Maximizing the early part of Minnesota’s grouse-hunting season
My hunting partner, Ben Ninas, and I were giddy when we parked our trucks. It was the Wisconsin grouse opener and before us lay 1,000 acres of public land. Even better, it was opening morning and there wasn’t another hunter there yet. We thought we’d walk the two-track through the property and pick off easy birds as our dogs worked the thicker trailside cover.
A mile and a half later, we hit the back end of the property without flushing a single bird. It was pretty clear they weren’t interested in the clover or the gravel that lined the trail. We walked back to the gate, dejected. As we were unloading by the trucks and discussing a new plan, a bird flushed in the ditch. Then another.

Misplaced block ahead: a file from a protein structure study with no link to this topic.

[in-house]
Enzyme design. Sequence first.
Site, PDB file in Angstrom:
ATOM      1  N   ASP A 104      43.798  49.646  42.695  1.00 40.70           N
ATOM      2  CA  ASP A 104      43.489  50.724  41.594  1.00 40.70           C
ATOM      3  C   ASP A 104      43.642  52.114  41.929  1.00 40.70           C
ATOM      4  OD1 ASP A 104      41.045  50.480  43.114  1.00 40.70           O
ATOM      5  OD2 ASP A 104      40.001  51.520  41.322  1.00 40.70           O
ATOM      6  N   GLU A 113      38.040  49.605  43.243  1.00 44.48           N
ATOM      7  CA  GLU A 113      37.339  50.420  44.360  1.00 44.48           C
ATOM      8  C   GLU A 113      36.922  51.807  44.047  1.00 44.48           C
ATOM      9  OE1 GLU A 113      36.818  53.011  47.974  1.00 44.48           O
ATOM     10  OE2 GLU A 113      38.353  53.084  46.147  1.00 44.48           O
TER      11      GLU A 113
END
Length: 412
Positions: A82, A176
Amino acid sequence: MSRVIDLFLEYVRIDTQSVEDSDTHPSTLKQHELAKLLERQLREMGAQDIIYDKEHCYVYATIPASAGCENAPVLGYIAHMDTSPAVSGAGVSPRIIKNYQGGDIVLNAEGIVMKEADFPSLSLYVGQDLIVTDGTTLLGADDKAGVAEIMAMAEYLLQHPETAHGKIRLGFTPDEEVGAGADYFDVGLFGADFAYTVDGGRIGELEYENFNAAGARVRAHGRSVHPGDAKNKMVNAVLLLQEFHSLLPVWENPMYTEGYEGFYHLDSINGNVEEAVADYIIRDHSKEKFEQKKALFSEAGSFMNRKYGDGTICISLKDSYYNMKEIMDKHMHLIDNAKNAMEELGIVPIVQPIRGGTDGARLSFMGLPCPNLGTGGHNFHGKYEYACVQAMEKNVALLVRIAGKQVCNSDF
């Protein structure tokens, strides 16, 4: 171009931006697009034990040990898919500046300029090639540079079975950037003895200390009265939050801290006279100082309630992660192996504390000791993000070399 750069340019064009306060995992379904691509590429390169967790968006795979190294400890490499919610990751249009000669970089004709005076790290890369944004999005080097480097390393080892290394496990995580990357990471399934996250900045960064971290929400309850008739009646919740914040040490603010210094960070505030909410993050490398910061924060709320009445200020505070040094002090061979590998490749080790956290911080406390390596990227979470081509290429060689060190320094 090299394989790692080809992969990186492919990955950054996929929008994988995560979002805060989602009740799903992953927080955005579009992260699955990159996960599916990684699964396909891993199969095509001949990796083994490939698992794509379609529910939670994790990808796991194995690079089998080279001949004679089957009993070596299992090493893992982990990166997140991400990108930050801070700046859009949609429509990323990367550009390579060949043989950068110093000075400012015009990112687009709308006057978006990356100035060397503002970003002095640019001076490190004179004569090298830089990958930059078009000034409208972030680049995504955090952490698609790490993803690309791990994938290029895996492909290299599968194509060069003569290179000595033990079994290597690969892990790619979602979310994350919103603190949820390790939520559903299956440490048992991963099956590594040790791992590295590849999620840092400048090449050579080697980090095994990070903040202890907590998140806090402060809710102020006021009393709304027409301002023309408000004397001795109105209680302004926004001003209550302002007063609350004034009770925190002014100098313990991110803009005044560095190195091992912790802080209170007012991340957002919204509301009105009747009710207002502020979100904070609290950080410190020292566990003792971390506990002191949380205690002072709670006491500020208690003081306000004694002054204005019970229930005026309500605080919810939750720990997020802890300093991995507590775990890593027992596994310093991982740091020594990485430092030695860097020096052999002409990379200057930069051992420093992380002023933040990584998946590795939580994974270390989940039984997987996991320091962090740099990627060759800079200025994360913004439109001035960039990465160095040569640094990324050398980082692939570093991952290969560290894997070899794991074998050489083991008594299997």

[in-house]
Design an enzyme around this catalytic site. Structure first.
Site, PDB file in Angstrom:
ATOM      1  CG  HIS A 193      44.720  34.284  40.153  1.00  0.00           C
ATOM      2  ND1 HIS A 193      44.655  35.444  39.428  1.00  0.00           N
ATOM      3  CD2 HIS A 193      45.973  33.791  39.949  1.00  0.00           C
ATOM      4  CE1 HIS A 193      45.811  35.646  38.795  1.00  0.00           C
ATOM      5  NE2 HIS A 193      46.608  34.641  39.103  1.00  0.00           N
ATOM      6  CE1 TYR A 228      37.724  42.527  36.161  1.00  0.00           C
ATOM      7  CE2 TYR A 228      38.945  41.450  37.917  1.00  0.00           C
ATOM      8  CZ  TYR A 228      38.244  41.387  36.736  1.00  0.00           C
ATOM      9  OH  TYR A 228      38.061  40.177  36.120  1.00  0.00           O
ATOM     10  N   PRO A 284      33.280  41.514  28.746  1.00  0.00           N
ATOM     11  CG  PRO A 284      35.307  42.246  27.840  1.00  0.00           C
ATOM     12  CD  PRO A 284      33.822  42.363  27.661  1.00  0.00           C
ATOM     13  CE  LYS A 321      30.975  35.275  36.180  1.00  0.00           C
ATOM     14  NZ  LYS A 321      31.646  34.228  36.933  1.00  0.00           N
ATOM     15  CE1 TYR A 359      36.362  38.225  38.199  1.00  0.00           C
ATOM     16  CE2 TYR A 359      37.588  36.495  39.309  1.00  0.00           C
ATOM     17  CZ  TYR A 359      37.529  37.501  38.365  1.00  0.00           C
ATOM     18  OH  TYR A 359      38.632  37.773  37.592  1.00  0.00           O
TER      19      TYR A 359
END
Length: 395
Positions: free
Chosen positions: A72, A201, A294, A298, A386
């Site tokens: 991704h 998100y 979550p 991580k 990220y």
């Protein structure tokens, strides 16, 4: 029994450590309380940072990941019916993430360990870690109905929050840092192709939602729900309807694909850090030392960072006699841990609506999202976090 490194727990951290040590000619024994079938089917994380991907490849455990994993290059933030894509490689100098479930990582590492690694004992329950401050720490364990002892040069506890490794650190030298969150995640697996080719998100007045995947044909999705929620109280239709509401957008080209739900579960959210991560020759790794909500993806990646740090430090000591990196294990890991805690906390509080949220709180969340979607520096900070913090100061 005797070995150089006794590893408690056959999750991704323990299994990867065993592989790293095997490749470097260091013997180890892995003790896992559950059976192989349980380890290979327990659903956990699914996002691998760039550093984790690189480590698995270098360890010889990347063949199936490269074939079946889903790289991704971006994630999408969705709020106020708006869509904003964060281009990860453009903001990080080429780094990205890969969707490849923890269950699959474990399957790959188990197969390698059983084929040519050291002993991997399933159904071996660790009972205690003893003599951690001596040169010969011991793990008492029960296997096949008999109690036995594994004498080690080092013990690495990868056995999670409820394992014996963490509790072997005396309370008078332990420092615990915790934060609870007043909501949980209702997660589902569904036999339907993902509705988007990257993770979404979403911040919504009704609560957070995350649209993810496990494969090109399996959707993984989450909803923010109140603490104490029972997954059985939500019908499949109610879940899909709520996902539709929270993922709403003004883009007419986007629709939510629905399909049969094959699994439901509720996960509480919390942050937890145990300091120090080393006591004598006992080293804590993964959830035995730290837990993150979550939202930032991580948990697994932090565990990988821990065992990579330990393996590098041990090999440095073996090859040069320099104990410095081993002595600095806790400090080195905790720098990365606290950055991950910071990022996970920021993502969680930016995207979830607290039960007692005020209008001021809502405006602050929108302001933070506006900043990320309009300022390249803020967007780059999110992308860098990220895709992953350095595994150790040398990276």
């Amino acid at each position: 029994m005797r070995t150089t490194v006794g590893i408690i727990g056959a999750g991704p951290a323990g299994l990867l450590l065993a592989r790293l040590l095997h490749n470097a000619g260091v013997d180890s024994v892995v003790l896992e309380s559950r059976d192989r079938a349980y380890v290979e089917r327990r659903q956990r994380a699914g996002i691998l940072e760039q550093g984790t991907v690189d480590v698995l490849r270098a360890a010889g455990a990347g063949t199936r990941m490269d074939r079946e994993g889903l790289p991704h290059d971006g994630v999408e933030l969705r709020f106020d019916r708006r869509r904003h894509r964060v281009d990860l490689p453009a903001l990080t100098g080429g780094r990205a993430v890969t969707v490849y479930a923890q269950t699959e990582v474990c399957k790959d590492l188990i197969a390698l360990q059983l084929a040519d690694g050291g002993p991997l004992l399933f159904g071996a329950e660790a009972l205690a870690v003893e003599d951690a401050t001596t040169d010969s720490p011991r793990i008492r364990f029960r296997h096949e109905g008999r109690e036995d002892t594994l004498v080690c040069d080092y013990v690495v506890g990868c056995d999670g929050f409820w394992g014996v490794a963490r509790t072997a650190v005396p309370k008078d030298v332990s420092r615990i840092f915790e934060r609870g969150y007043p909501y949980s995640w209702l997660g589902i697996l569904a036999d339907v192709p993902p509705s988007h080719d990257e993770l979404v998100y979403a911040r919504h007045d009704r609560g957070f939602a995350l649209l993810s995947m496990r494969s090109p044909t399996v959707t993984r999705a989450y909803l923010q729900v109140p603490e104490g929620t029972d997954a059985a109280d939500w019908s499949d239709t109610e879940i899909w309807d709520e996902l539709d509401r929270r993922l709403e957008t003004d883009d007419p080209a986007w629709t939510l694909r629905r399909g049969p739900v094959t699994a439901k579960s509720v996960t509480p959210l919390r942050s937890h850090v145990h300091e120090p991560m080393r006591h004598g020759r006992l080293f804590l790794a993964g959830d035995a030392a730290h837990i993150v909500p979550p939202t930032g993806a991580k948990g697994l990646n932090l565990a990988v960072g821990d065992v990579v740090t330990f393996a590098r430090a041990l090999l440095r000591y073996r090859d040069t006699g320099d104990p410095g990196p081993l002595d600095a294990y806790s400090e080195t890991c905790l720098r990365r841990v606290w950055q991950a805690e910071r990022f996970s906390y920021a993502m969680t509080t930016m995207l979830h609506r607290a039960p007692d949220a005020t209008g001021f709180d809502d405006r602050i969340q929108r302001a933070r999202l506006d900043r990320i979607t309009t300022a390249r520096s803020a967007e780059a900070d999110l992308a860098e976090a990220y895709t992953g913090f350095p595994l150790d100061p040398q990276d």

We quickly reloaded and started wading through the brush near the parking area. I immediately noticed a litany of songbirds flitting through the slanted early-morning sunlight. The first flush surprised me and I missed twice. I missed twice more when a different bird got up on the far side of a downed tree. Ben whiffed as well.
Poor shooting aside, we had a pattern. Everywhere we spotted clumps of white berries, we found grouse. The gray dogwood berries, which had just turned from green to grayish white, were drawing the grouse in a major way.
As Ben and I hunted through the midday, we found several patches of dogwood. We also managed to put two grouse in the game bag, which wasn’t bad considering how thick the woods were.
Minnesota’s grouse season opened Sept. 19. I just stopped to check a neighborhood patch of dogwood while running with my Lab, and it’s pretty clear the clock is ticking on the berries. Those that aren’t in the bellies of birds are ripening daily, so it’s going to be a quick burn as far as any Minnesota dogwood pattern is concerned.